Hand-to-hand is as important (and nuanced) as bullet-to-face

Once triggered, Resident Evil 4 and 5s melee attacks were a nigh-guaranteed hit, almost operating as a QTE cutscene. In Resident Evil 6, if your positioning, your angle of attack, and the enemys defensive posturing (yep, even that of zombies) arent in tune, youll have to keep pounding away in order to get any kind of meaningful result. And pounding away is not advised too often, as although free to use at any time, efficient execution of Resident Evil 6s new melee system hinges on the games new stamina bar. Blindly wail on enemies too often and it will quickly drop. Bottom it out and youll end up with meting out the same ineffective toe-pokes you deal when youre on the verge of death.

So forget melee and just use guns, right? Wrong. Resident Evil 6s combat system is built very much around a 50/50 combination of risky up-close physical attacks and semi-long range shooting. That 'semi-long range' bit is important to note, because the maximum effective distance of firearms seems to have dropped a bit as a result of the mechanical changes listed earlier. And thats before you even get into the lessened ammo supply. Where the last two Resis were about staying on the outside of the pack and using staunch crowd-control tactics to shepherd your prey into manageable groups, Resi 6 forces you to get stuck right in, using a seat-of-the-pants combination of melee and shooting to push back and put down the swarming hordes around you. How seat-of-the-pants does it get? Well

It gets VERY seat-of-the-pants

Its amazing how fast a situation you thought you had under control can absolutely swamp you in Resident Evil 6. A few zombies in the distance? No problem. Youll pick them off before they get anywhere near you, right? Maybe not.

What if your unreliable aim causes you to miss a few too many times, and your lack of ammo forces you to stop pulling the trigger before you completely run out? What if you decide you can ignore the standard zombies at the back as long as you barrel in on the undead SWAT guy with the body armour before he causes too much of a problem? What if he proves harder to beat down than you thought, and manages to knock you on your arse? What if your slow recovery puts him right on top of you by the time youve got yourself focused, and forces you to crawl backward and use up another valuable bullet in an attempt to slow him down? What if by the time youve created a couple of extra feet of distance and got yourself upright again youve been backed into an alley, and the other zombies have caught up?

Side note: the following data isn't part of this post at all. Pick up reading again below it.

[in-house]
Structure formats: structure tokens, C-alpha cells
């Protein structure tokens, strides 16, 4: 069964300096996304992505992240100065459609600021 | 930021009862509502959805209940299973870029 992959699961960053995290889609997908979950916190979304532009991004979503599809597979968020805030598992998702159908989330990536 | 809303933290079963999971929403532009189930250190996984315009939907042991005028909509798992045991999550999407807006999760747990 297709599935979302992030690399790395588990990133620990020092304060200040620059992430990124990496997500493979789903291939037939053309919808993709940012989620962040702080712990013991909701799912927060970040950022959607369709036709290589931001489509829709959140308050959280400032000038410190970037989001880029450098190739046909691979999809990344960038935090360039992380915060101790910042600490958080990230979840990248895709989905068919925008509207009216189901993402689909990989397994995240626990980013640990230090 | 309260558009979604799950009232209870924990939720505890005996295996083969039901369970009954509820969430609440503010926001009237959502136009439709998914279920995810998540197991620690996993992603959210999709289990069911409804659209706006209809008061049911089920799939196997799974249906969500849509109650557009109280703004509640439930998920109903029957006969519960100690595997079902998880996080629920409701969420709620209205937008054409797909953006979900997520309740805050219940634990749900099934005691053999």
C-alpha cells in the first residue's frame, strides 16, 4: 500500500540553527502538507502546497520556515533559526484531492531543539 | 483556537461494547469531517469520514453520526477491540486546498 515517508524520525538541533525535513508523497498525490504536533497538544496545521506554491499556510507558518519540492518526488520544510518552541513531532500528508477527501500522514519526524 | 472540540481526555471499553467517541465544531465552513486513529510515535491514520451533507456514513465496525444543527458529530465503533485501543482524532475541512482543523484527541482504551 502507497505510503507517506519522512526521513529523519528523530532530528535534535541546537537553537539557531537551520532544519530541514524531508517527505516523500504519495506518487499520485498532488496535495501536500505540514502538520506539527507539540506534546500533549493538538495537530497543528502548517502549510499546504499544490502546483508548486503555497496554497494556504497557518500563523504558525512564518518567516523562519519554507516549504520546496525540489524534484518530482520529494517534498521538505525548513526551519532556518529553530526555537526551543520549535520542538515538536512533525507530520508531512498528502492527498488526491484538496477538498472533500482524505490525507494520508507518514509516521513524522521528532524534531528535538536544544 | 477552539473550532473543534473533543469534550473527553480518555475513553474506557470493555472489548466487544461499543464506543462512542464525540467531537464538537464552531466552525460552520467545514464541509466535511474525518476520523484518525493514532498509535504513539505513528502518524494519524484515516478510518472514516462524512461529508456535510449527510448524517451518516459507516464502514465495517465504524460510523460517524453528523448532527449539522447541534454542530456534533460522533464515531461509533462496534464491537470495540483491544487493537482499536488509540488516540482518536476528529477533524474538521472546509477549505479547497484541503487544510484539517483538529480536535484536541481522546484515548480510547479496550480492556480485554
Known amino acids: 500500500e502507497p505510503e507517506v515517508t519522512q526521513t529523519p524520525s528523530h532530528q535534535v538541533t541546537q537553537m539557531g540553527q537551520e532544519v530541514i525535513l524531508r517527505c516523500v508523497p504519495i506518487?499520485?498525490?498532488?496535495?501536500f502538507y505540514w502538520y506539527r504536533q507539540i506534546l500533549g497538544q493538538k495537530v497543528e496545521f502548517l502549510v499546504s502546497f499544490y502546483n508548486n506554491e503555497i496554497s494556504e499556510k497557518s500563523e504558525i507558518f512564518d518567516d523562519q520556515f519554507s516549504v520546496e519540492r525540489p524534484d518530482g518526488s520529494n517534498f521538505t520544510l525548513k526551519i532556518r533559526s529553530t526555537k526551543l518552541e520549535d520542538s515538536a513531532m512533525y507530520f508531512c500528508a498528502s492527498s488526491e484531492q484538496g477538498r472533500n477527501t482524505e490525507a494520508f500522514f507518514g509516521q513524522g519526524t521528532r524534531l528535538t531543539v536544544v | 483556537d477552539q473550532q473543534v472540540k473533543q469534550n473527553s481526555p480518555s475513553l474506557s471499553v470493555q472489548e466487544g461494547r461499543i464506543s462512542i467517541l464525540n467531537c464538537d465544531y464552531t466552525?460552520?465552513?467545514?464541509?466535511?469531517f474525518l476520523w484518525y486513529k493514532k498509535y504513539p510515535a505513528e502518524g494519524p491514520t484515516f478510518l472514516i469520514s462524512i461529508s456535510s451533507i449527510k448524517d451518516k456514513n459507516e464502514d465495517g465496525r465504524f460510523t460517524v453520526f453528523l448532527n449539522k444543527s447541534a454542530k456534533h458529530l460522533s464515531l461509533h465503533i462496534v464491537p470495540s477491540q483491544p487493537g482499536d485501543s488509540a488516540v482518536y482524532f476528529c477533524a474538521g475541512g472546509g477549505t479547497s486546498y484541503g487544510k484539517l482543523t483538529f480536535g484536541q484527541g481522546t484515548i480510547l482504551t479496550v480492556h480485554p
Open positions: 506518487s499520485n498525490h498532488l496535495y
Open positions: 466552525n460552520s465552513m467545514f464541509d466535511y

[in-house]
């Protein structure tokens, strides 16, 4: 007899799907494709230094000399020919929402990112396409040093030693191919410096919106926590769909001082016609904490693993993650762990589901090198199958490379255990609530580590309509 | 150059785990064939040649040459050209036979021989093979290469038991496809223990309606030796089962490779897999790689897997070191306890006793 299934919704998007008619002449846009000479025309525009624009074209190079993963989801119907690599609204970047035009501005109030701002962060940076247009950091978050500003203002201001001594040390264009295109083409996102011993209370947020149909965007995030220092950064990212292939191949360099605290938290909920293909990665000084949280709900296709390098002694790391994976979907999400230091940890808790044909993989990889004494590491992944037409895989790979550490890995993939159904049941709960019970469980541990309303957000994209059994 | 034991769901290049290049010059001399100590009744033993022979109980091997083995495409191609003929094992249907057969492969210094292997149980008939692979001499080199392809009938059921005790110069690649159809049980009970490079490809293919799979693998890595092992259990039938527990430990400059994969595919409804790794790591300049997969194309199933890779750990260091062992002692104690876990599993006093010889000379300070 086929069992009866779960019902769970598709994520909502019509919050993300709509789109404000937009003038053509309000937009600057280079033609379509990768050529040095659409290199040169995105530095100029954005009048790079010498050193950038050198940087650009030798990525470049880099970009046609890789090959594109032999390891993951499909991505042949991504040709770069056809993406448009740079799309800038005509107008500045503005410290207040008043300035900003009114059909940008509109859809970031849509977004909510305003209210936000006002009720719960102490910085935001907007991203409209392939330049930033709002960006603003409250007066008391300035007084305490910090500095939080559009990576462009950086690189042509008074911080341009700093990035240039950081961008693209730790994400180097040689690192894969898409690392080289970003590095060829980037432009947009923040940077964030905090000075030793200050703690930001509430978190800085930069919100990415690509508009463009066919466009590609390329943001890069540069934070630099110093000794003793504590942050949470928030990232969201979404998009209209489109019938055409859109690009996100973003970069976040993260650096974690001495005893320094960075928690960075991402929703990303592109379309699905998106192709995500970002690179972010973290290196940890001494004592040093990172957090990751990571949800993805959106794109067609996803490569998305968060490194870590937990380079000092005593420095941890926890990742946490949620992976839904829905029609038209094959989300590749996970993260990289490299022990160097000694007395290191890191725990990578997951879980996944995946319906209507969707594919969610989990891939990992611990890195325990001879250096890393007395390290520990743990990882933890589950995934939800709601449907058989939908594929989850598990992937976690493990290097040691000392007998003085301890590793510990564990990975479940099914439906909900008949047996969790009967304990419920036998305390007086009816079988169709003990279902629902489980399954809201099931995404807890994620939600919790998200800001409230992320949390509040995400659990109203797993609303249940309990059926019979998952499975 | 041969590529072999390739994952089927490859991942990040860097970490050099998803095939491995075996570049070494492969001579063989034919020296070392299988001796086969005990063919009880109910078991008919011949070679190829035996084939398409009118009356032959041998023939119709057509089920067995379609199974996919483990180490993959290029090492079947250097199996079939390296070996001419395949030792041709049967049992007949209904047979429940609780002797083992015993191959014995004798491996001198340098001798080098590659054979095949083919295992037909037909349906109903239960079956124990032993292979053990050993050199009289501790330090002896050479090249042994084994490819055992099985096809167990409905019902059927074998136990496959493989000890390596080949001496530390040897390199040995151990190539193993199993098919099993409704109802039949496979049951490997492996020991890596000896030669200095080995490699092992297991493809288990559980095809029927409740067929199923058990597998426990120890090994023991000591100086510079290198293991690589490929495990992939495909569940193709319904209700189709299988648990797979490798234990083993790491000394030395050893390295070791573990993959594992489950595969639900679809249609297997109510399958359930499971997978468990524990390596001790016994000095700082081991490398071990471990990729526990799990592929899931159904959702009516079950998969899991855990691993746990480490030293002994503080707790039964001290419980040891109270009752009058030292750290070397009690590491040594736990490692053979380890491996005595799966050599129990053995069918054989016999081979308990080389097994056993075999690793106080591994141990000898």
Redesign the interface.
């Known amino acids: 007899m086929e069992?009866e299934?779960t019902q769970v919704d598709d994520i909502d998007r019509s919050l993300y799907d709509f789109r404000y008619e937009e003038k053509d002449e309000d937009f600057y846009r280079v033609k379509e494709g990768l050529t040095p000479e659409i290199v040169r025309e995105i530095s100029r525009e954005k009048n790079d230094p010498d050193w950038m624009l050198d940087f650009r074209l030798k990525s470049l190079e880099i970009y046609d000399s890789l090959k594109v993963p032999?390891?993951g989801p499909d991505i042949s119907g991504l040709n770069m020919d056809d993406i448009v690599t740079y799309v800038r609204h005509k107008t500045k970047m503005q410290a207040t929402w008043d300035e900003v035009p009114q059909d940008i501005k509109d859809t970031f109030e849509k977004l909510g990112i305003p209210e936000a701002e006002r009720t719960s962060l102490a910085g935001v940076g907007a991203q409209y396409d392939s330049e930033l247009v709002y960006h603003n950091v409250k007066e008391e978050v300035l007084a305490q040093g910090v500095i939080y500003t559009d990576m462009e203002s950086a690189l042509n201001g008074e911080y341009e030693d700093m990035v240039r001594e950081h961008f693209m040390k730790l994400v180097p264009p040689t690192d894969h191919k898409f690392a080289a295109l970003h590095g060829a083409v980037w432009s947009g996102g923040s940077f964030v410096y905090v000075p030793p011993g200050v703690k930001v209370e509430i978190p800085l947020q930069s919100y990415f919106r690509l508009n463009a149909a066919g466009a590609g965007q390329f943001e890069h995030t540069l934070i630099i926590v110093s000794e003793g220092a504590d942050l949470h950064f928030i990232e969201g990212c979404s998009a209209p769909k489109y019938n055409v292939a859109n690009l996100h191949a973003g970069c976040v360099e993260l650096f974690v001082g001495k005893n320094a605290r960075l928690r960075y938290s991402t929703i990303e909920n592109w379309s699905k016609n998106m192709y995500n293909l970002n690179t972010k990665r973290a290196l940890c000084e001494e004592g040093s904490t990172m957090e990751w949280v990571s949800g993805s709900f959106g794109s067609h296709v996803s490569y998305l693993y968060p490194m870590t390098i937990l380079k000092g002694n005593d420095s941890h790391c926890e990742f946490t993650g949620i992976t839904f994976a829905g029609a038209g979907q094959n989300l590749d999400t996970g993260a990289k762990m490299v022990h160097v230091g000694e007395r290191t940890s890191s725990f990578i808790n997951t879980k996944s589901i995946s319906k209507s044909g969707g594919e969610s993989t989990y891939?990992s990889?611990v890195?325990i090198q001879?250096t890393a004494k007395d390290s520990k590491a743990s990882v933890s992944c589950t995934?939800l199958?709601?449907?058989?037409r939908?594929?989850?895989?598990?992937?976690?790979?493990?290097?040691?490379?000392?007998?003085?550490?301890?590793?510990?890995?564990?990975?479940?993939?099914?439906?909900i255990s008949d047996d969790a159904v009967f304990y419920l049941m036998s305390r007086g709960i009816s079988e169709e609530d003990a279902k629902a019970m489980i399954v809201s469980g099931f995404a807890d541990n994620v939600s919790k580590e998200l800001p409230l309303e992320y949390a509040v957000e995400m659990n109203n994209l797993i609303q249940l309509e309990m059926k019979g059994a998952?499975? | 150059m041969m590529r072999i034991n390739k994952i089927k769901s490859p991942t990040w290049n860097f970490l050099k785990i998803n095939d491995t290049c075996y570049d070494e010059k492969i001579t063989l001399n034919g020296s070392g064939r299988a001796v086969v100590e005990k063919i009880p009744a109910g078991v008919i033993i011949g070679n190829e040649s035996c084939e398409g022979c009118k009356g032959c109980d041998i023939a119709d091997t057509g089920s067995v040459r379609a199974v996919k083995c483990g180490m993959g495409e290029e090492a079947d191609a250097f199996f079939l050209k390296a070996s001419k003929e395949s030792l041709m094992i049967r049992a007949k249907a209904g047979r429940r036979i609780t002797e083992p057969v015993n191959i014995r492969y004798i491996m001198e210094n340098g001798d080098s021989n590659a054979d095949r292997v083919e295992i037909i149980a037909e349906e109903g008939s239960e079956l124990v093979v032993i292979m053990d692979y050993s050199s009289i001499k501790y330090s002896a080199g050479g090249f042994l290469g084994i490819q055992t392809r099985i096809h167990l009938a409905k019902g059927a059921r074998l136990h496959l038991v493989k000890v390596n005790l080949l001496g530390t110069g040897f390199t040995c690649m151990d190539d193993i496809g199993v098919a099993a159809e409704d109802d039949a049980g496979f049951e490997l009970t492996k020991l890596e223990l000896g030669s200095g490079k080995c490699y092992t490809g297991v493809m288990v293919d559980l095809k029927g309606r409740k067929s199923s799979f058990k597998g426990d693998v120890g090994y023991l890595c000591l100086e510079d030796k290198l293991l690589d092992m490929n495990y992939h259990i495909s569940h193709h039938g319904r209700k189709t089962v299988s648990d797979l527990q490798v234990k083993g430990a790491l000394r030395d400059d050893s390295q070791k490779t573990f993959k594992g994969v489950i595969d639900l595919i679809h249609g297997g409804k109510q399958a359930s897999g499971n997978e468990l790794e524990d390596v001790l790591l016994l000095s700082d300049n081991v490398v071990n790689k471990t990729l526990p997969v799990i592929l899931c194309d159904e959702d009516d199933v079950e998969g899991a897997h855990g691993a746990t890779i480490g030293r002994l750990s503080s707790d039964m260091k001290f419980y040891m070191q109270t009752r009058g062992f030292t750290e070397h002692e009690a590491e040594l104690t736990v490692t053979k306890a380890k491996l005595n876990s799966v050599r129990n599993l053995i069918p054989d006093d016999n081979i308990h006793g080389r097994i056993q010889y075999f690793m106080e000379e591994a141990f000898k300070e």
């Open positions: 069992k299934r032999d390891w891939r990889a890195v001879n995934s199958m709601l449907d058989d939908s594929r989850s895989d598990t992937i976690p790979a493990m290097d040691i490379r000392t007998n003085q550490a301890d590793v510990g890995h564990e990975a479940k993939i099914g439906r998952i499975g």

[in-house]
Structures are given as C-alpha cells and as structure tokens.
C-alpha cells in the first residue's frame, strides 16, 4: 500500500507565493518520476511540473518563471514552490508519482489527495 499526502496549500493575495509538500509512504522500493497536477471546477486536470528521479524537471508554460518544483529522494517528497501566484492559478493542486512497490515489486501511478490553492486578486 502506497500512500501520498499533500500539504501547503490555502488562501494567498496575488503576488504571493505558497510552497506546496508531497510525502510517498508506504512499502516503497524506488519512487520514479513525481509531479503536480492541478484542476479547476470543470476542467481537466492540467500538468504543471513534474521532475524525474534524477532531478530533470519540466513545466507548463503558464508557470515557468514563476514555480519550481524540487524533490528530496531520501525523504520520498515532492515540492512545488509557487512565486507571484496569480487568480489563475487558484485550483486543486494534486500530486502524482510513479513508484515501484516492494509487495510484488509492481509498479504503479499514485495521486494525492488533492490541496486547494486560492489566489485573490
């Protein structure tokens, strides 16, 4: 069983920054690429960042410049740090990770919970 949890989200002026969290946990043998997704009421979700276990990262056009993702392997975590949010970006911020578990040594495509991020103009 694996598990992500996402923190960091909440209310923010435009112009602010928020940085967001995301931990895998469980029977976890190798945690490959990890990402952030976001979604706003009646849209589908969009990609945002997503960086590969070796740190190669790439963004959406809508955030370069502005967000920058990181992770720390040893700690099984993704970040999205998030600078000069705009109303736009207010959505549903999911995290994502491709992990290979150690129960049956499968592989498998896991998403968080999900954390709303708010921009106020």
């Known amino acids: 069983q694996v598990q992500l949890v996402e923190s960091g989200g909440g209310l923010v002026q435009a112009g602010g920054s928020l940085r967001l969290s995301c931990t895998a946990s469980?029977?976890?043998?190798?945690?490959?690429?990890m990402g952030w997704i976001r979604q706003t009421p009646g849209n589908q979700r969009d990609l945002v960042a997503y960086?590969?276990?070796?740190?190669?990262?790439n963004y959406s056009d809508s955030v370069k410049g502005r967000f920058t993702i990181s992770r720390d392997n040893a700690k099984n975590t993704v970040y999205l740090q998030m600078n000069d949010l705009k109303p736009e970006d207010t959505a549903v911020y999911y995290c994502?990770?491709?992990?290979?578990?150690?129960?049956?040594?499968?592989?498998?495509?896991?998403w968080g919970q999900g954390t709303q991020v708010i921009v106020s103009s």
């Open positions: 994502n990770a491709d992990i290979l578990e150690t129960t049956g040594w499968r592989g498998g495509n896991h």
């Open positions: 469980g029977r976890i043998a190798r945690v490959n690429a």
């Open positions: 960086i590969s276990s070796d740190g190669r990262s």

Suddenly that no problem is a massive problem, and youre improvising reluctant quick-shots to open up melees in every direction, as you get pinned further and further back into the corner. Eventually youre frantically flailing and stamping and ducking and weaving just to make any attempt to bludgeon the stinking horror around you down to the ground. And even once you have, keeping it down isnt easy. Where Resident Evil 4 and 5s ground takedowns were a pretty much guaranteed QTE kerb stomp, if you come in at the wrong angle in Resident Evil 6, or your writhing target writhes the wrong way at the last minute, youll end up uselessly stamping chest or arm and leaving that flimsy cranium unburst.

And that stamina gauge is going to go down every single time you do.

And as for some enemy-specific detail

Zombies are now a serious handful

Given that zombies were swapped out for the more combat-ready Ganados when Resident Evil went the action route in Resi 4, youd expect the old putrefying connoisseurs of brain buffet to be a fairly useless adversary this time around. Not so. Because while Resident Evil 6s general game-flow already brings multitudinous ways in which a bad situation can rapidly turn into a bloody horrific one, the standalone zombies themselves have gone through a bunch of smart changes.

First up, theyre just tougher to kill than youd expect. They can soak up a lot of body shots before going down, and even the noble head shot isnt that effective. Often it will just blow half of a zombs cranium off, leaving it with just enough to keep shambling towards you. It can often take two, sometimes even three lead/skull interface scenarios before a zombie will finally drop, and thats if you even manage to land a clean shot in the first place. Zombies will often hang their heads downwards, making a silhouette thats hard to decipher quickly enough to get an accurate cranium-popper out of the chamber before they get too close.